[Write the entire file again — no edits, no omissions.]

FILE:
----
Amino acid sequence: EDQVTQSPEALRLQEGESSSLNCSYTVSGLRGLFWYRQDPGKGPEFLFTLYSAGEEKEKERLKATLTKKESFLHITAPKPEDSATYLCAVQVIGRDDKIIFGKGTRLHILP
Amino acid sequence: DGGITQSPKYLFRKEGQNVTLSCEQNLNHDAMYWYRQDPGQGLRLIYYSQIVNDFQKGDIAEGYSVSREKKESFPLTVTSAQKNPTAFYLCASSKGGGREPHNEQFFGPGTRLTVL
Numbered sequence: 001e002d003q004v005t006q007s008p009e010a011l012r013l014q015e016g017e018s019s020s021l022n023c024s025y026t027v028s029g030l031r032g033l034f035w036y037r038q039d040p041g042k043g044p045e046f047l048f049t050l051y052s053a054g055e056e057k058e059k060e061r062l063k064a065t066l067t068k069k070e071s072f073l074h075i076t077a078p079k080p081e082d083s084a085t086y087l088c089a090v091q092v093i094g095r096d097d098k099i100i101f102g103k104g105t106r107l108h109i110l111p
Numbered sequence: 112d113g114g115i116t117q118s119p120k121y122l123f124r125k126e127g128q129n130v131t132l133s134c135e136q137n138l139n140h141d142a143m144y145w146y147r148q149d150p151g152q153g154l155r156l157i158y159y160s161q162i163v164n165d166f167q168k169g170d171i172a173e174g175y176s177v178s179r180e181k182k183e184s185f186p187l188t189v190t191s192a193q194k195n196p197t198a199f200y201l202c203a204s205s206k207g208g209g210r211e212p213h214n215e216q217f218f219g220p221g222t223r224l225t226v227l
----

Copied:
Amino acid sequence: EDQVTQSPEALRLQEGESSSLNCSYTVSGLRGLFWYRQDPGKGPEFLFTLYSAGEEKEKERLKATLTKKESFLHITAPKPEDSATYLCAVQVIGRDDKIIFGKGTRLHILP
Amino acid sequence: DGGITQSPKYLFRKEGQNVTLSCEQNLNHDAMYWYRQDPGQGLRLIYYSQIVNDFQKGDIAEGYSVSREKKESFPLTVTSAQKNPTAFYLCASSKGGGREPHNEQFFGPGTRLTVL
Numbered sequence: 001e002d003q004v005t006q007s008p009e010a011l012r013l014q015e016g017e018s019s020s021l022n023c024s025y026t027v028s029g030l031r032g033l034f035w036y037r038q039d040p041g042k043g044p045e046f047l048f049t050l051y052s053a054g055e056e057k058e059k060e061r062l063k064a065t066l067t068k069k070e071s072f073l074h075i076t077a078p079k080p081e082d083s084a085t086y087l088c089a090v091q092v093i094g095r096d097d098k099i100i101f102g103k104g105t106r107l108h109i110l111p
Numbered sequence: 112d113g114g115i116t117q118s119p120k121y122l123f124r125k126e127g128q129n130v131t132l133s134c135e136q137n138l139n140h141d142a143m144y145w146y147r148q149d150p151g152q153g154l155r156l157i158y159y160s161q162i163v164n165d166f167q168k169g170d171i172a173e174g175y176s177v178s179r180e181k182k183e184s185f186p187l188t189v190t191s192a193q194k195n196p197t198a199f200y201l202c203a204s205s206k207g208g209g210r211e212p213h214n215e216q217f218f219g220p221g222t223r224l225t226v227l